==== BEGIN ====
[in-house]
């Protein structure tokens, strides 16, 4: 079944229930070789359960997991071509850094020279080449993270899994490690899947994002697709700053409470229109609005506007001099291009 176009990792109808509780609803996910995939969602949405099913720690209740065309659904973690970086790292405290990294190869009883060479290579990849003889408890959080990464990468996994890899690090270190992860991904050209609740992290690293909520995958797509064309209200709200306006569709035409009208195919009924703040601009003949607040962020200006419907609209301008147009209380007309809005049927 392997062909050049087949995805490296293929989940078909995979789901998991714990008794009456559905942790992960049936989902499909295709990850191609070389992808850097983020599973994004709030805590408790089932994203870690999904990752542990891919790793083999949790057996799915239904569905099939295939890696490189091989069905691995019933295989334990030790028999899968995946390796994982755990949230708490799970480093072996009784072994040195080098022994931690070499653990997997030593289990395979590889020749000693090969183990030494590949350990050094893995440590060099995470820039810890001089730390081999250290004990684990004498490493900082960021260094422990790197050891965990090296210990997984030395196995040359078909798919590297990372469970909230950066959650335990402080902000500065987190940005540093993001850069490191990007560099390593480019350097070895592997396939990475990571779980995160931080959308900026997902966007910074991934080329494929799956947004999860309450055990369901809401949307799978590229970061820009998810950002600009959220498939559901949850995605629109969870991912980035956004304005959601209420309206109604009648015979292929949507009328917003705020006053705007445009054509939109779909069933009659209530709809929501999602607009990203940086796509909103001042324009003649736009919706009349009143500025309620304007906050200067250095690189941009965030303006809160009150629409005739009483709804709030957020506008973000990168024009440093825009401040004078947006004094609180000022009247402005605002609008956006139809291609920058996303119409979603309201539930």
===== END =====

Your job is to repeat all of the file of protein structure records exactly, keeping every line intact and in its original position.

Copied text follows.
[in-house]
């Protein structure tokens, strides 16, 4: 079944229930070789359960997991071509850094020279080449993270899994490690899947994002697709700053409470229109609005506007001099291009 176009990792109808509780609803996910995939969602949405099913720690209740065309659904973690970086790292405290990294190869009883060479290579990849003889408890959080990464990468996994890899690090270190992860991904050209609740992290690293909520995958797509064309209200709200306006569709035409009208195919009924703040601009003949607040962020200006419907609209301008147009209380007309809005049927 392997062909050049087949995805490296293929989940078909995979789901998991714990008794009456559905942790992960049936989902499909295709990850191609070389992808850097983020599973994004709030805590408790089932994203870690999904990752542990891919790793083999949790057996799915239904569905099939295939890696490189091989069905691995019933295989334990030790028999899968995946390796994982755990949230708490799970480093072996009784072994040195080098022994931690070499653990997997030593289990395979590889020749000693090969183990030494590949350990050094893995440590060099995470820039810890001089730390081999250290004990684990004498490493900082960021260094422990790197050891965990090296210990997984030395196995040359078909798919590297990372469970909230950066959650335990402080902000500065987190940005540093993001850069490191990007560099390593480019350097070895592997396939990475990571779980995160931080959308900026997902966007910074991934080329494929799956947004999860309450055990369901809401949307799978590229970061820009998810950002600009959220498939559901949850995605629109969870991912980035956004304005959601209420309206109604009648015979292929949507009328917003705020006053705007445009054509939109779909069933009659209530709809929501999602607009990203940086796509909103001042324009003649736009919706009349009143500025309620304007906050200067250095690189941009965030303006809160009150629409005739009483709804709030957020506008973000990168024009440093825009401040004078947006004094609180000022009247402005605002609008956006139809291609920058996303119409979603309201539930």